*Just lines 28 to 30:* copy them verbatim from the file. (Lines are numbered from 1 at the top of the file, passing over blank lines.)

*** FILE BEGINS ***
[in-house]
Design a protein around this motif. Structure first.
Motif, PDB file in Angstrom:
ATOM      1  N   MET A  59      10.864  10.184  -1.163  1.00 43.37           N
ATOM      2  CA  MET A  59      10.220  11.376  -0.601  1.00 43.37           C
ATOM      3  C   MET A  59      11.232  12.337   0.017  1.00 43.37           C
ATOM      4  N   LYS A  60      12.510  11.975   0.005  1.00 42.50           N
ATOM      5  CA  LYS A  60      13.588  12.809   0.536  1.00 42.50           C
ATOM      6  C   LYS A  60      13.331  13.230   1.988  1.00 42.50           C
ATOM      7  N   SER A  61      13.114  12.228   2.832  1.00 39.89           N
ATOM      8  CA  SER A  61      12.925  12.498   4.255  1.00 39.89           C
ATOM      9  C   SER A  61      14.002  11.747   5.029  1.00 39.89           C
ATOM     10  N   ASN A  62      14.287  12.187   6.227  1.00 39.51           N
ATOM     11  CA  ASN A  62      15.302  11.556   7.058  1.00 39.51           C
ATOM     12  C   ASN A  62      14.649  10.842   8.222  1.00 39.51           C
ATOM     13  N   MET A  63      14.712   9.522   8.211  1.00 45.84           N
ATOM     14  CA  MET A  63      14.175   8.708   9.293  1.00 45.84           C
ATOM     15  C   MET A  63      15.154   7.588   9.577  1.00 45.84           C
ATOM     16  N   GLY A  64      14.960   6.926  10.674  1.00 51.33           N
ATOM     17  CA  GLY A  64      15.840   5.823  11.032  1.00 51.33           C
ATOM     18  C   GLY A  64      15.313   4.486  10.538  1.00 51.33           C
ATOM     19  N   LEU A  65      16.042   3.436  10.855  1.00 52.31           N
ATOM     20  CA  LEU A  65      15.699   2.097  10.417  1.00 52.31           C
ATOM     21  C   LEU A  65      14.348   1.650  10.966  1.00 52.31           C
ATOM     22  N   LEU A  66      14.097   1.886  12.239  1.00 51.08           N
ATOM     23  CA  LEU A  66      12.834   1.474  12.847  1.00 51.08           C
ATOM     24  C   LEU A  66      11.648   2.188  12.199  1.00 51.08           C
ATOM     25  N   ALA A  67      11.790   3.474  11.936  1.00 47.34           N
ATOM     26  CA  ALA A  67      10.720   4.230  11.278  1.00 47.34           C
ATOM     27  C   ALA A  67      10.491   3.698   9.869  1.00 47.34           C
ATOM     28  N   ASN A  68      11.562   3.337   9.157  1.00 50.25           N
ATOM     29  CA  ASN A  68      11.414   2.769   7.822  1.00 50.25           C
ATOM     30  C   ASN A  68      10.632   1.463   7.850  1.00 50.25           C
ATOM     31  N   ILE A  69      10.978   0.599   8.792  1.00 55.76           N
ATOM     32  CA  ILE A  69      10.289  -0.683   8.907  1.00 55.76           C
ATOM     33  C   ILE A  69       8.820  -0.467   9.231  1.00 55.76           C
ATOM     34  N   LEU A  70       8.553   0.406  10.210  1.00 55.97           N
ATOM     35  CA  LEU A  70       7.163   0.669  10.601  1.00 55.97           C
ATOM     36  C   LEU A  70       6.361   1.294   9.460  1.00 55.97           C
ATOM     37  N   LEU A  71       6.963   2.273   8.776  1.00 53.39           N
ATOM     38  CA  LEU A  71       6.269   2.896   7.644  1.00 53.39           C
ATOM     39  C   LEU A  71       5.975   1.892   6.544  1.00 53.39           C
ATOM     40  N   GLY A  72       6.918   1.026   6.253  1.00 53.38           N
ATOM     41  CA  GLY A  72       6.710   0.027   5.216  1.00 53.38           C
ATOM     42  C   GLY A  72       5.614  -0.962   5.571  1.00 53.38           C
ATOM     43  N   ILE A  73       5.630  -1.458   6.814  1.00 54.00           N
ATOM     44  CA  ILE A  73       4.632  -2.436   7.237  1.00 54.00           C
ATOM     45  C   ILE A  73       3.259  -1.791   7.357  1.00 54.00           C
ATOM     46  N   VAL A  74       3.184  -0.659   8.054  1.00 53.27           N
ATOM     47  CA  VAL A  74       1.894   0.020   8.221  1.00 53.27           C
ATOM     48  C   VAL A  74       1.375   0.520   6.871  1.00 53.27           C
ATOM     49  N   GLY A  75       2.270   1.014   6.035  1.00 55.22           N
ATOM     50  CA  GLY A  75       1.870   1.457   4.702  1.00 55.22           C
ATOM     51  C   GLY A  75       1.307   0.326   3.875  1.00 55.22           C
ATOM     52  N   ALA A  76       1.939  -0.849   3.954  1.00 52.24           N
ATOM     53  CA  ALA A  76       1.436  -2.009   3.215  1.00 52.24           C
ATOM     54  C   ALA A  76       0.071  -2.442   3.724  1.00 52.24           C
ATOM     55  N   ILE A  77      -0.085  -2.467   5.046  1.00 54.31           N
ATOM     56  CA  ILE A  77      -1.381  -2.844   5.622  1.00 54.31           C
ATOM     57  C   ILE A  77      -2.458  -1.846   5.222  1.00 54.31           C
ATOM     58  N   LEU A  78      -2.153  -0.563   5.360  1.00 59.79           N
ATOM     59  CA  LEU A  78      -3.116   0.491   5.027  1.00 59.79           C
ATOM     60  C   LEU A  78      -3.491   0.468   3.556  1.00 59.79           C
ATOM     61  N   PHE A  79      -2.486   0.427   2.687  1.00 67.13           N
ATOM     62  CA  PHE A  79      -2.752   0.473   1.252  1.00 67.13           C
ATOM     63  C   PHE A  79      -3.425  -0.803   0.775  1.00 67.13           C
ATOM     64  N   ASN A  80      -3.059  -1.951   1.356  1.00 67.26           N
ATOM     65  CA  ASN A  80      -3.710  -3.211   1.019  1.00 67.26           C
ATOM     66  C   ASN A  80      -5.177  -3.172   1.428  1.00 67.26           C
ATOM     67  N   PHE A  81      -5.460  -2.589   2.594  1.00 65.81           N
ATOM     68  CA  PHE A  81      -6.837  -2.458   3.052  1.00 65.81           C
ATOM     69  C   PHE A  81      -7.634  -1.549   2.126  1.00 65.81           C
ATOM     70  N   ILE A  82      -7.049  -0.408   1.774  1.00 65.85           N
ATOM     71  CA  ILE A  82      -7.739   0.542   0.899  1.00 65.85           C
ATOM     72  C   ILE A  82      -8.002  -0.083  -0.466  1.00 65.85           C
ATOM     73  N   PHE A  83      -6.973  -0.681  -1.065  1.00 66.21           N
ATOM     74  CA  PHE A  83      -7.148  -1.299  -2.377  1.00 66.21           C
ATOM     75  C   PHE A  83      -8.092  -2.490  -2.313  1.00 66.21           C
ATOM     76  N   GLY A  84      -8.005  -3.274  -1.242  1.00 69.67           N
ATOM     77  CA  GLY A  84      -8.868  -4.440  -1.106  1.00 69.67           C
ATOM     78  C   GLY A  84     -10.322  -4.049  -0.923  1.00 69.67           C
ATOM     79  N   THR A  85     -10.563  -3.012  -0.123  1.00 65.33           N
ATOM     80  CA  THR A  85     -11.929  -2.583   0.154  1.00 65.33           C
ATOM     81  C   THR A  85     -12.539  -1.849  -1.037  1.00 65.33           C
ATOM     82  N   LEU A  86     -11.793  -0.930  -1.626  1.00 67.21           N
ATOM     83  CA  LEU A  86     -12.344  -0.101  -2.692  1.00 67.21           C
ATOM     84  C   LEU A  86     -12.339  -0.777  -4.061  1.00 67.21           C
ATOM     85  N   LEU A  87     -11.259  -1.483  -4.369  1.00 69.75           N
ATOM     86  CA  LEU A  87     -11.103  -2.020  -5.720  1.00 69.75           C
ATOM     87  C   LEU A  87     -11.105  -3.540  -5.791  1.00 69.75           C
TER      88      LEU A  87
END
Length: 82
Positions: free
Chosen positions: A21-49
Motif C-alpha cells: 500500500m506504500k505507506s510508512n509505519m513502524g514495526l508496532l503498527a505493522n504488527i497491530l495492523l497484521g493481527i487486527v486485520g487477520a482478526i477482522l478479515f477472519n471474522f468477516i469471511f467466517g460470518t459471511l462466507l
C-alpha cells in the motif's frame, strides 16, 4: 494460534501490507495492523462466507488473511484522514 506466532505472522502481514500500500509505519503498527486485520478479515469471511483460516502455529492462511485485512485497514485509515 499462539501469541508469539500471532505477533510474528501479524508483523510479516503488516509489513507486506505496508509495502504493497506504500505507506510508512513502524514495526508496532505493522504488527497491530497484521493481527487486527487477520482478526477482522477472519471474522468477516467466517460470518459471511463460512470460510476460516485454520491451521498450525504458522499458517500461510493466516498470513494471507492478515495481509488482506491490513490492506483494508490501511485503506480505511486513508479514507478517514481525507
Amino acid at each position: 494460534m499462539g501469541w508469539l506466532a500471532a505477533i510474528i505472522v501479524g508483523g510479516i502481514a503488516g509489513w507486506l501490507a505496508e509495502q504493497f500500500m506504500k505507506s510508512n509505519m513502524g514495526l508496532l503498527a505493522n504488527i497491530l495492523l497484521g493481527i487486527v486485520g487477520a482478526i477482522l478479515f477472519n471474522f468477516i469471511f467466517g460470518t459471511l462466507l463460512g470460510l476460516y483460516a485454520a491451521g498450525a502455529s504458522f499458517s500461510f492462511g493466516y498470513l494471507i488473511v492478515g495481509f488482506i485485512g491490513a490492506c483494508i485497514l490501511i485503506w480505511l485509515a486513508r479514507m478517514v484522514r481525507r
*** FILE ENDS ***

ATOM     25  N   ALA A  67      11.790   3.474  11.936  1.00 47.34           N
ATOM     26  CA  ALA A  67      10.720   4.230  11.278  1.00 47.34           C
ATOM     27  C   ALA A  67      10.491   3.698   9.869  1.00 47.34           C